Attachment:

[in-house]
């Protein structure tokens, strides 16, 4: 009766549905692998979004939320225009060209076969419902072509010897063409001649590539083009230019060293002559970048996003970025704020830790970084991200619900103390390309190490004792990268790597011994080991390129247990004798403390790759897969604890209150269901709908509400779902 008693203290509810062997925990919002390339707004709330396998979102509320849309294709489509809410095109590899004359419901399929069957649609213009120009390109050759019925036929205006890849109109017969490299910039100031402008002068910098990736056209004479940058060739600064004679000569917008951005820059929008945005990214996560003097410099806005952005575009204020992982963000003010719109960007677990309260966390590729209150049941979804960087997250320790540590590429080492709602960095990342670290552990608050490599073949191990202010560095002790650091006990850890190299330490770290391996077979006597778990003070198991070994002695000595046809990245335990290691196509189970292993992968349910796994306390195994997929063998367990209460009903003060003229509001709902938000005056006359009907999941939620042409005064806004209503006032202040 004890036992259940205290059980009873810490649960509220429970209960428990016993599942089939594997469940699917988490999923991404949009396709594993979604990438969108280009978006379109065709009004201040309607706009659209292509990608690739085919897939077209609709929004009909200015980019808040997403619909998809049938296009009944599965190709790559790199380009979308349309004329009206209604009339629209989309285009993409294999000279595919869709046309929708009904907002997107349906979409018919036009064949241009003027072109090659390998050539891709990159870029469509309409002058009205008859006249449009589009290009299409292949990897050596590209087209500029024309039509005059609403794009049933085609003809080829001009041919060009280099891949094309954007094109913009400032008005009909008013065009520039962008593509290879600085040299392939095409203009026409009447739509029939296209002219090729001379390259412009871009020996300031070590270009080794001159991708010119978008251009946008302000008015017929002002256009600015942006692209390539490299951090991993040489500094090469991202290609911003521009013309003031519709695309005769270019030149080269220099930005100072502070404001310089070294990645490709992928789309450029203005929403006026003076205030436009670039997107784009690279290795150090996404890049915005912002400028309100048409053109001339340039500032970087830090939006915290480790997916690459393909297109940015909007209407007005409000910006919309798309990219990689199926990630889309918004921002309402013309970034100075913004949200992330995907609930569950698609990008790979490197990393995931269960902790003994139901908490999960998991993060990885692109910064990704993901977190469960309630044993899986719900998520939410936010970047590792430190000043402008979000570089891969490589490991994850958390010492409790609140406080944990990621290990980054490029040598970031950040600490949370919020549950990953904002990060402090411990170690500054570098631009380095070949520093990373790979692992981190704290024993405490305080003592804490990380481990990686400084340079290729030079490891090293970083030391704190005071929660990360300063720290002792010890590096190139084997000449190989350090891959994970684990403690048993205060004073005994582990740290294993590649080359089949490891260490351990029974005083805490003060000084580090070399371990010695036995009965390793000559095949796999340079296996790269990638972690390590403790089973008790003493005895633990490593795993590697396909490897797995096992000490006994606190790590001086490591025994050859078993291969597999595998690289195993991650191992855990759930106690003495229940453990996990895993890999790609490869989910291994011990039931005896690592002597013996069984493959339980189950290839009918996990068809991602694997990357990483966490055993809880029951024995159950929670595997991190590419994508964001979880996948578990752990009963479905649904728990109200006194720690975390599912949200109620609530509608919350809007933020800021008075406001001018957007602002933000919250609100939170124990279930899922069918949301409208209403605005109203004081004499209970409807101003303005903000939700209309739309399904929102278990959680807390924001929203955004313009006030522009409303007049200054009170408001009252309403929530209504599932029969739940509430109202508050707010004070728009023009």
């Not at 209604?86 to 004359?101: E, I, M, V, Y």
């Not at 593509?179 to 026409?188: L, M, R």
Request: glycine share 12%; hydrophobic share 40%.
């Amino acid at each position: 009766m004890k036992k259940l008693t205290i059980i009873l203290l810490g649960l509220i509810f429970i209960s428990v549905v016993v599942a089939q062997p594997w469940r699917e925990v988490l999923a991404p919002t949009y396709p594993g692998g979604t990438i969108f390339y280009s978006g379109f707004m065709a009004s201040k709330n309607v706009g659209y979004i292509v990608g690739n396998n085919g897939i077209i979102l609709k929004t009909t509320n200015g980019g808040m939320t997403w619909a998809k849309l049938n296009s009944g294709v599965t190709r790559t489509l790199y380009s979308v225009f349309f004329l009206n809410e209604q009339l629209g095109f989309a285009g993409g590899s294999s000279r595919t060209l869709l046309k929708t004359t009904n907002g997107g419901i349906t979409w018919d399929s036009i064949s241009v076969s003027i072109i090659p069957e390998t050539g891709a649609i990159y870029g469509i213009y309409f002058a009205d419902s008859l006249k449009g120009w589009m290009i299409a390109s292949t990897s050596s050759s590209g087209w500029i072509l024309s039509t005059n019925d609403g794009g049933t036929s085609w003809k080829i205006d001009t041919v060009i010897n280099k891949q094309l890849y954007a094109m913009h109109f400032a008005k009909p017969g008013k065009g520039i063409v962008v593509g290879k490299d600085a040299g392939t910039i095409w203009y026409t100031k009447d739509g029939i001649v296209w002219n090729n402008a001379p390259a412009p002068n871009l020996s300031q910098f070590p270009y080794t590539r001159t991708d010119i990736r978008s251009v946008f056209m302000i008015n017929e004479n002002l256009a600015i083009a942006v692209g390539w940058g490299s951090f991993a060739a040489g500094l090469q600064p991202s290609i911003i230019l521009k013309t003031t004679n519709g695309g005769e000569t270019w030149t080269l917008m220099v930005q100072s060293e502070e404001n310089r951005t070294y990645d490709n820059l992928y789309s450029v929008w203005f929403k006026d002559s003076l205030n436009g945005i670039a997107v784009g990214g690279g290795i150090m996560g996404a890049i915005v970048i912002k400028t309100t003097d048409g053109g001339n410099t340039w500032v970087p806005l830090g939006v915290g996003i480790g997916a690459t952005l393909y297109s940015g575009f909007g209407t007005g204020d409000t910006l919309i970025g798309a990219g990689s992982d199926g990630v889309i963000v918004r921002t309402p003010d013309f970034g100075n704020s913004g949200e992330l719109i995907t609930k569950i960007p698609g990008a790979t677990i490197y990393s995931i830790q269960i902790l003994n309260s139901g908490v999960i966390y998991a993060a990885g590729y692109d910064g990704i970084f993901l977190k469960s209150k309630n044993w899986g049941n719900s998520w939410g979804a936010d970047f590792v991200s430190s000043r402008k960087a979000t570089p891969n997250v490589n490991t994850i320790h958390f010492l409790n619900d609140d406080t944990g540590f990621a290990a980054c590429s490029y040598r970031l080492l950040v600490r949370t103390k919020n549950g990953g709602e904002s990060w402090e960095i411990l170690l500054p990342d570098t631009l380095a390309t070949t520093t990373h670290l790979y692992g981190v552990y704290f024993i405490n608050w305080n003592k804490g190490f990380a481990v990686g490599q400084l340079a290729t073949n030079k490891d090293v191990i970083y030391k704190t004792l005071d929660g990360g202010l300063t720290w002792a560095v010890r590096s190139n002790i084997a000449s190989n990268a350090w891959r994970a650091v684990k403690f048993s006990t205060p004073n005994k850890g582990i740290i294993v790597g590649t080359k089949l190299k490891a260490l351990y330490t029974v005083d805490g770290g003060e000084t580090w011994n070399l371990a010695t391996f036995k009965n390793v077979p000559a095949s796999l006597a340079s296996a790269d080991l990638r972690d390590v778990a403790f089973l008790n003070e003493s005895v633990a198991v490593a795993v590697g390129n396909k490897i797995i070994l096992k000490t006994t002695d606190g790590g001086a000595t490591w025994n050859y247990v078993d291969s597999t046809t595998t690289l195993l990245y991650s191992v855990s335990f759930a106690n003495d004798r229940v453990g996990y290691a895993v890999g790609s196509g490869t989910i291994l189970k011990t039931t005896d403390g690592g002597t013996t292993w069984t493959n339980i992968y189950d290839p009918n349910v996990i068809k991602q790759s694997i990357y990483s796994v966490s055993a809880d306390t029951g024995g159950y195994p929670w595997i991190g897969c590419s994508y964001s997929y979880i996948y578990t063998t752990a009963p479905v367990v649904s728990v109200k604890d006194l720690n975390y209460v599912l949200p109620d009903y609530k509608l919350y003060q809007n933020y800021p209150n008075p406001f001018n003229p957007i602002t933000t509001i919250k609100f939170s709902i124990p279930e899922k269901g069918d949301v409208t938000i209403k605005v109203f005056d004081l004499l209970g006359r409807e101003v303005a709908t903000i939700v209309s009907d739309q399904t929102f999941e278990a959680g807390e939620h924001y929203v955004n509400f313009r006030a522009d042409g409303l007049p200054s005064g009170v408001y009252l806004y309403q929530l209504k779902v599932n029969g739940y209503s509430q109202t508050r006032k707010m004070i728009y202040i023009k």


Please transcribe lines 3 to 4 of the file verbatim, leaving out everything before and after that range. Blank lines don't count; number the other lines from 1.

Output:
């Not at 209604?86 to 004359?101: E, I, M, V, Y």
């Not at 593509?179 to 026409?188: L, M, R």